Changes to Deposit Insurance Coverage for IOLTAs
With Congress failing to take action to extend unlimited coverage, as of Jan. 1, 2013, FDIC insurance available to IOLTA accounts is limited to the standard amount of $250,000 per owner of the funds (client), per financial institution, assuming that the account is properly designated as a trust account and proper accounting of each client’s funds is maintained.
Since November 2008, a series of temporary federal laws have operated to provide unlimited FDIC deposit insurance coverage for most IOLTA accounts. For the past two years, IOLTA and non-interest-bearing accounts enjoyed unlimited FDIC insurance coverage under Section 343 of the Dodd-Frank Wall Street Reform and Consumer Protection Act. That provision was effective for two years with a sunset date of Dec. 31, 2012.
Now, funds deposited in IOLTAs are no longer insured under the Dodd-Frank Deposit provision. However, because IOLTAs are fiduciary accounts, they generally qualify for “pass-through” coverage (the insurance coverage passes through the fiduciary-depositor to the client-owner’s funds) on a per-client basis. FDIC regulations provide that deposit accounts owned by one party but held in a fiduciary capacity by another party are eligible for pass-through deposit insurance coverage if:
To meet the FDIC requirements, a lawyer should ensure that:
If an IOLTA does qualify for pass-through coverage as a fiduciary account, then each separate client for whom a law firm holds funds in an IOLTA may be insured up to $250,000. For example, if a law firm maintains an IOLTA with $250,000 attributable to Client A, $150,000 to Client B, and $75,000 to Client C, the account would be fully insured if the IOLTA meets the requirements for pass-through coverage. However, if the clients have other funds at the same institution, those funds would be added to their respective shares of the funds in the IOLTA for insurance coverage purposes, with the aggregate balance insured up to $250,000. For example, if a law firm maintains an IOLTA with $150,000 attributable to Client A, and Client A has $200,000 deposited in a certificate of deposit at the same FDIC-insured depository institution, then Client A’s funds would only be insured for up to $250,000 and uninsured for the remaining balance of $100,000.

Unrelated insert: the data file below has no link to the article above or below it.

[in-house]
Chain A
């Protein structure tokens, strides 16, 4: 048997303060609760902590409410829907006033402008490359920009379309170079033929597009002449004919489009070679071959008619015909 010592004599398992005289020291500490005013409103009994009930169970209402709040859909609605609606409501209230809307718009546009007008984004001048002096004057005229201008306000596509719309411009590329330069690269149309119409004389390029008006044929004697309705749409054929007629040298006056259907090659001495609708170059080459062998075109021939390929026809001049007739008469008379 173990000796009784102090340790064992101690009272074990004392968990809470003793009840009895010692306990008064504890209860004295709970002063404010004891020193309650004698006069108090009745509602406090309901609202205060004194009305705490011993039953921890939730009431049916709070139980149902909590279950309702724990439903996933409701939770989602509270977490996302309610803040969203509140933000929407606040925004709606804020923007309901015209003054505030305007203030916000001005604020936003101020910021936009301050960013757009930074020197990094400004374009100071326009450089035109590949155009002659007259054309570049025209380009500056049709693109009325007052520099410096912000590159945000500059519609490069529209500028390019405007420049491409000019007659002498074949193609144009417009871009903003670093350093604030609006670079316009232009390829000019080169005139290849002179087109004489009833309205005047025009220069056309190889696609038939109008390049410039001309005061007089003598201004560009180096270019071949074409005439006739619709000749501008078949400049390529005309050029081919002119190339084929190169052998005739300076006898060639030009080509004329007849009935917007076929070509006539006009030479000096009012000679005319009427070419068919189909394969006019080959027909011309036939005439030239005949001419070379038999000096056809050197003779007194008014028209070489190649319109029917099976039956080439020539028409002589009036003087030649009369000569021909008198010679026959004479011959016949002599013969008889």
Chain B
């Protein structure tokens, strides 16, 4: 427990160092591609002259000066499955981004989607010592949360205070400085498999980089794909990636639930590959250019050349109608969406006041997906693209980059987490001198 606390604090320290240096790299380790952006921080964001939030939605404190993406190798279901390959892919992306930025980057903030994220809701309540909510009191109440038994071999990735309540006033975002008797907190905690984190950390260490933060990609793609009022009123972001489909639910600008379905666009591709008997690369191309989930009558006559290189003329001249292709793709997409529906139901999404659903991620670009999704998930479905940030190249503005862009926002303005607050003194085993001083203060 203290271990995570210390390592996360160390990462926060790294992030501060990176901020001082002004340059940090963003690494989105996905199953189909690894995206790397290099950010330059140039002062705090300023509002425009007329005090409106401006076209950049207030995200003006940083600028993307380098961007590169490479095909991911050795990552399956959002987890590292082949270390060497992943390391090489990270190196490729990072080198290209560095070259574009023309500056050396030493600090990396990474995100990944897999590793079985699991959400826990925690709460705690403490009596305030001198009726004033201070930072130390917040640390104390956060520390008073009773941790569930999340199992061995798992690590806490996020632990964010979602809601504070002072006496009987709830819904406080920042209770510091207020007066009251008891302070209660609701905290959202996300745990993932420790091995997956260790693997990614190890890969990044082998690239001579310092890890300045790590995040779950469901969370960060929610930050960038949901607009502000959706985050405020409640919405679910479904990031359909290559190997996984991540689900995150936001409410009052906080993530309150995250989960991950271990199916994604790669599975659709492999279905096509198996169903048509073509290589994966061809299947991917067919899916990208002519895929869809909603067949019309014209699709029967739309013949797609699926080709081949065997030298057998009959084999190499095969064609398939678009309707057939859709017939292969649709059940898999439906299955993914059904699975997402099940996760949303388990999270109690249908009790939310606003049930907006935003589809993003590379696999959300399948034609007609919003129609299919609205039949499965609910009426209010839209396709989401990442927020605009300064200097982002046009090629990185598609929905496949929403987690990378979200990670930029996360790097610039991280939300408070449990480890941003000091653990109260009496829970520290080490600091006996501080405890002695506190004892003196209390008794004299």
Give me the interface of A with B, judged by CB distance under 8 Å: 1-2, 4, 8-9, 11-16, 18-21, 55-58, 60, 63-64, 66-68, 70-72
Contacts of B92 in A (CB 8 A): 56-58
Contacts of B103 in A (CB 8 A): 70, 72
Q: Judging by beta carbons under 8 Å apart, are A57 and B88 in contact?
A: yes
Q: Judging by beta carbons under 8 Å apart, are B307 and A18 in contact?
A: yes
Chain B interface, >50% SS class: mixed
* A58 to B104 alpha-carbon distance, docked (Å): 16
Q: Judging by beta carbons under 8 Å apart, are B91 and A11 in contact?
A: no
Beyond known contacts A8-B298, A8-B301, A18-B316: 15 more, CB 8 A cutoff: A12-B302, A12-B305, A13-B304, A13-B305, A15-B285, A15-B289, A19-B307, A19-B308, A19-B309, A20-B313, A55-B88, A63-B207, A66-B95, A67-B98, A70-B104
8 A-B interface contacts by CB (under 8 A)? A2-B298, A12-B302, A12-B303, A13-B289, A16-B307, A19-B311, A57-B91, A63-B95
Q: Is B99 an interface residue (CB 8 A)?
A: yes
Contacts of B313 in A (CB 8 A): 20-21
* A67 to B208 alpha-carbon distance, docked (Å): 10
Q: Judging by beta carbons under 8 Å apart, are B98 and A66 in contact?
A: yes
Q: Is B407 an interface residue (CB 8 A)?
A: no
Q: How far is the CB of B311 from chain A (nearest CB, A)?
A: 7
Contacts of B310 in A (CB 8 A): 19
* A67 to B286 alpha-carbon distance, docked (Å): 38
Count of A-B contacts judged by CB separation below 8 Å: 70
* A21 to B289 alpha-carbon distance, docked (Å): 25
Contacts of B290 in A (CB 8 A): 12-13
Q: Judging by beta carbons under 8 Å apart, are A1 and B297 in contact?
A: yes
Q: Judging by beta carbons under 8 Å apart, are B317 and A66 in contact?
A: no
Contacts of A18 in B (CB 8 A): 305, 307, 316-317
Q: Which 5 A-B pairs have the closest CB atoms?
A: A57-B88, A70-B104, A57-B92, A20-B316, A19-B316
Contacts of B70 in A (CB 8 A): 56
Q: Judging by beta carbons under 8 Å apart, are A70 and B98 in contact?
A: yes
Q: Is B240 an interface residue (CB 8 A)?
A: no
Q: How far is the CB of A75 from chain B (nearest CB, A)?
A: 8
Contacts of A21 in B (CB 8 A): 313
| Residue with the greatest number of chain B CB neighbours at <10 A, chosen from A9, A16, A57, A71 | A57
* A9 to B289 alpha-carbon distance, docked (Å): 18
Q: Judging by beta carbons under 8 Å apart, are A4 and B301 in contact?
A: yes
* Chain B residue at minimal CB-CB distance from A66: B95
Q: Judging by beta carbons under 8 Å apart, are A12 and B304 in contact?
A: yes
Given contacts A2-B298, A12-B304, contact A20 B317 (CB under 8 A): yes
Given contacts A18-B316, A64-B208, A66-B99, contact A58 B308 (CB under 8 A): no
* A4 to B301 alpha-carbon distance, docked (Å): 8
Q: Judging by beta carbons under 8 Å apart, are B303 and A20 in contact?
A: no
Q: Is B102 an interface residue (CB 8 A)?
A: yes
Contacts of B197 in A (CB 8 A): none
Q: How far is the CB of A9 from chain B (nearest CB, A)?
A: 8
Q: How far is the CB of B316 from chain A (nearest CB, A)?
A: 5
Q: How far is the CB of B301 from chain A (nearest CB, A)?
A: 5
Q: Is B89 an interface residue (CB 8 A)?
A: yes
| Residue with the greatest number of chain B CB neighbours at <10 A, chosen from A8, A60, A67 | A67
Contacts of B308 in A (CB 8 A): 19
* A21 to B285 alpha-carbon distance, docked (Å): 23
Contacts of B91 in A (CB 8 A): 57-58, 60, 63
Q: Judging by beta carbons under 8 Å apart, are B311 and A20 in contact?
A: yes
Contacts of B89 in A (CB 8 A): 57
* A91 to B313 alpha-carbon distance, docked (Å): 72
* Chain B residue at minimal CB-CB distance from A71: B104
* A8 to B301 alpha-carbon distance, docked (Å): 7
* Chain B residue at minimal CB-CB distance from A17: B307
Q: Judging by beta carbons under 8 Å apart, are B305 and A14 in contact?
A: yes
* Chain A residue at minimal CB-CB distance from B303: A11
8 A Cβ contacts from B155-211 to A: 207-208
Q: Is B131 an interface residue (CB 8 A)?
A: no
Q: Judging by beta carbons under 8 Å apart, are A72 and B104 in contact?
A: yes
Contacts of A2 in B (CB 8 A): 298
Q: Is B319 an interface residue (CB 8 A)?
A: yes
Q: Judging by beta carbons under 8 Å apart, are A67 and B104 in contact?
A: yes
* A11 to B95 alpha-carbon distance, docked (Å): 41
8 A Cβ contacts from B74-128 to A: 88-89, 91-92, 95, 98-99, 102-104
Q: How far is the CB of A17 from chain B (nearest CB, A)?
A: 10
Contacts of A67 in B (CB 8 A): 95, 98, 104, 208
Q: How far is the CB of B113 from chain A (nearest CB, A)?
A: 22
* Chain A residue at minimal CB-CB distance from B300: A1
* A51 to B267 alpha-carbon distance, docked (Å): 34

The Washington Rules of Professional Conduct (RPC) and Rules for Enforcement of Lawyer Conduct (ELC) require a lawyer to hold client or third party funds in a trust account at an FDIC or National Credit Union Administration (NCUA) insured institution. Usually, such funds are held in a pooled interest-bearing trust account known as an IOLTA account, with interest paid to the Legal Foundation of Washington. If the client or third-person funds will produce a positive net return, the funds must be placed in a separate interest-bearing individual trust account (or pooled interest-bearing trust account) with interest paid to the particular client, unless the client or third person requests that the funds be deposited in an IOLTA account.
While the RPCs and ELCs require all client or third-person funds be held in an FDIC insured account, the rule does not specifically require all funds in the account be within the FDIC insurance limits. The rules do require, however, that when selecting a bank or other institution for trust account purposes, a lawyer must do so “in the exercise of ordinary prudence.” Lawyers should also note credit unions have unique issues regarding insurability. In some cases, NCUA rules may require that the individual clients for whom the lawyer is holding funds in trust belong to the credit union in order to qualify for the insurance coverage. Lawyers should consider discussing insurance coverage matters with a credit union representative.
Even though applicable ethics rules do not require that all of a client’s funds on deposit in a trust account be insured within the $250,000 FDIC insurance-coverage limits, as a matter of due diligence a lawyer should consider taking precautions, for example:
If you have questions, please contact the WSBA Professional Responsibility Counsel via the Ethics Line, 206.727.8284 or the WSBA Audit Manager, 206.727.8242.
Useful links on the Washington Rules of Professional Conduct, managing client trust accounts, and FDIC insurance coverage:
If you have questions about these changes, please contact:
WSBA Ethics Line
WSBA Audit Manager
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